Hunting types and ‘Mad Jack’ Mytton
The Bedford had set out ‘ to provide for the accommodation of those who prefer the quiet and sober enjoyment of a family party to the brilliancy and bustle of a large assembly’. Unfortunately, the hotel was soon ‘adopted’ by a group of people, mainly men, who were looking for enjoyment of an altogether livelier and less sober variety. Enter the horse racing and hunting fraternity. The Bedford was the preferred place of residence for many during the hunting season and during the autumn steeple chase meetings held annually in Leamington and Warwick. The Warwickshire Hunt Club had a suite of apartments and the hunting fraternity formed their own exclusive Oyster Club which met at The Bedford throughout the winter months. When the steeplechase meetings were in progress, bookmaker set up their booths in the mews at the rear of the hotel and large sums of money were won and lost in betting.
Within a few years, the Bedford had become the favoured meeting place of a group of young and rumbustious sporting characters. Into this mix came a wealthy, eccentric Regency rake, Mr John Mytton, squire of Halston in Shropshire. Mytton indulged his enjoyment of horse racing and gambling and had hunted his own pack of hounds from the age of ten. Not for nothing was he known throughout England as ‘Mad Jack’ Mytton. His eccentricities and extravagant exploits were legion and well documented by the famous equestrian writer Nimrod (Charles James Apperley) in his Life of John Mytton published in 1837. ‘Mad Jack’s’ life was described as ‘a series of suicide attempts’. One such ‘attempt’ was carried out at the Bedford Hotel and has entered Leamington folklore. Whilst staying at the Bedford in 1826 and as the result of a wager, Mytton is said to have ridden his horse ‘Mad Tom’ up the grand staircase of the hotel, into the first-floor dining room and then to have jumped over the dining table and the assembled diners and then jumped through the open window into the street below. Such a crazy stunt was very much par for the course for Mytton but whether he succeeded in his attempt is open to question. That he rode up the stairs is not in dispute but The Annals of the Warwickshire Hunt suggest that he was ‘with great difficulty’ dissuaded from jumping ‘Mad Tom’ onto the Parade. Needless to say such shenanigans and the drinking and gambling met with great disapproval among local residents and with those who were trying to attract to Leamington wealthy families whose primary motivation was to seek ‘sober & quiet enjoyment.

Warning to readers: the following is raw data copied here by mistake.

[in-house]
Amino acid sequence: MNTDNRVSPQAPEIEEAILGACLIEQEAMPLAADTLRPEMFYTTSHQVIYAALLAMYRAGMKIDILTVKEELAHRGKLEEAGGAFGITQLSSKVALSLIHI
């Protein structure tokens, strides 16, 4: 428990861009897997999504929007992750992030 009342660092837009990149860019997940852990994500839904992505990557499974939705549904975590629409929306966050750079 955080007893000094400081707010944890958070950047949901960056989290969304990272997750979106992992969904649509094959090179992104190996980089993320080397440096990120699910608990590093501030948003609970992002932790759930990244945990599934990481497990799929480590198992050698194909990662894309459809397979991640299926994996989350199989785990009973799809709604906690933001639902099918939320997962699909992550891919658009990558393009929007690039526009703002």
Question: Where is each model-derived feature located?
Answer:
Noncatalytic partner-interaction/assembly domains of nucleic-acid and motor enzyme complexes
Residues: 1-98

The Bedford closes
With the opening of the Regent Hotel and other hotels in the new town, the Bedford Hotel began to decline in popularity and after many changes of ownership during its 45 year existence, it closed in 1856 when the building was demolished and replaced by a new building for the Leamington & Warwickshire Bank with a distinctive facade that survives to the present day. Interestingly, the first chairman of the new bank was a Captain Lambe who had himself been the owner of a famous steeplechaser ‘Vivian’ and the leader of the old Bedford Sporting Set.
Alan Griffin, October 2014